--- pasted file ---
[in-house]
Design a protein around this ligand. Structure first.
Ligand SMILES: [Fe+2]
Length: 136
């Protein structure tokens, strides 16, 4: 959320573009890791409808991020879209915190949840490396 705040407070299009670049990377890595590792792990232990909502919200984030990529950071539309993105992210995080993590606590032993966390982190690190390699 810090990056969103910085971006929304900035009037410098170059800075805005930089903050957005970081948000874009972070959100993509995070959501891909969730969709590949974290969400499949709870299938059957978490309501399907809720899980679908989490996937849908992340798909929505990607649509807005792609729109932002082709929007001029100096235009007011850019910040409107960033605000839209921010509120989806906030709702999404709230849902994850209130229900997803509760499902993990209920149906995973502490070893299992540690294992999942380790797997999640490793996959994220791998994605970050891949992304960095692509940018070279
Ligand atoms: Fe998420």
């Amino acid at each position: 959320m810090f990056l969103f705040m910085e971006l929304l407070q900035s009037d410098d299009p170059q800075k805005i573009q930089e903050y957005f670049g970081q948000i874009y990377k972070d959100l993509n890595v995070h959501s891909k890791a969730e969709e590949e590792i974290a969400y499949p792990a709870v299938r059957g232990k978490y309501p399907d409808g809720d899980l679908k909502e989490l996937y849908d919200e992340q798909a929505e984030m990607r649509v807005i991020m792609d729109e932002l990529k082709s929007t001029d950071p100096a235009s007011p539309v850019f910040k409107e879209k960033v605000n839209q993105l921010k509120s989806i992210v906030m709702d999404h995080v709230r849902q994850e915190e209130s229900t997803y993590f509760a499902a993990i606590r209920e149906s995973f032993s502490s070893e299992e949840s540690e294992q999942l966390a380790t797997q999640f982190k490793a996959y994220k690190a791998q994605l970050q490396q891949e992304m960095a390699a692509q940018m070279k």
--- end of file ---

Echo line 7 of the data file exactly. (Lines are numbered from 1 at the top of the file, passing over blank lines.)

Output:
């Amino acid at each position: 959320m810090f990056l969103f705040m910085e971006l929304l407070q900035s009037d410098d299009p170059q800075k805005i573009q930089e903050y957005f670049g970081q948000i874009y990377k972070d959100l993509n890595v995070h959501s891909k890791a969730e969709e590949e590792i974290a969400y499949p792990a709870v299938r059957g232990k978490y309501p399907d409808g809720d899980l679908k909502e989490l996937y849908d919200e992340q798909a929505e984030m990607r649509v807005i991020m792609d729109e932002l990529k082709s929007t001029d950071p100096a235009s007011p539309v850019f910040k409107e879209k960033v605000n839209q993105l921010k509120s989806i992210v906030m709702d999404h995080v709230r849902q994850e915190e209130s229900t997803y993590f509760a499902a993990i606590r209920e149906s995973f032993s502490s070893e299992e949840s540690e294992q999942l966390a380790t797997q999640f982190k490793a996959y994220k690190a791998q994605l970050q490396q891949e992304m960095a390699a692509q940018m070279k």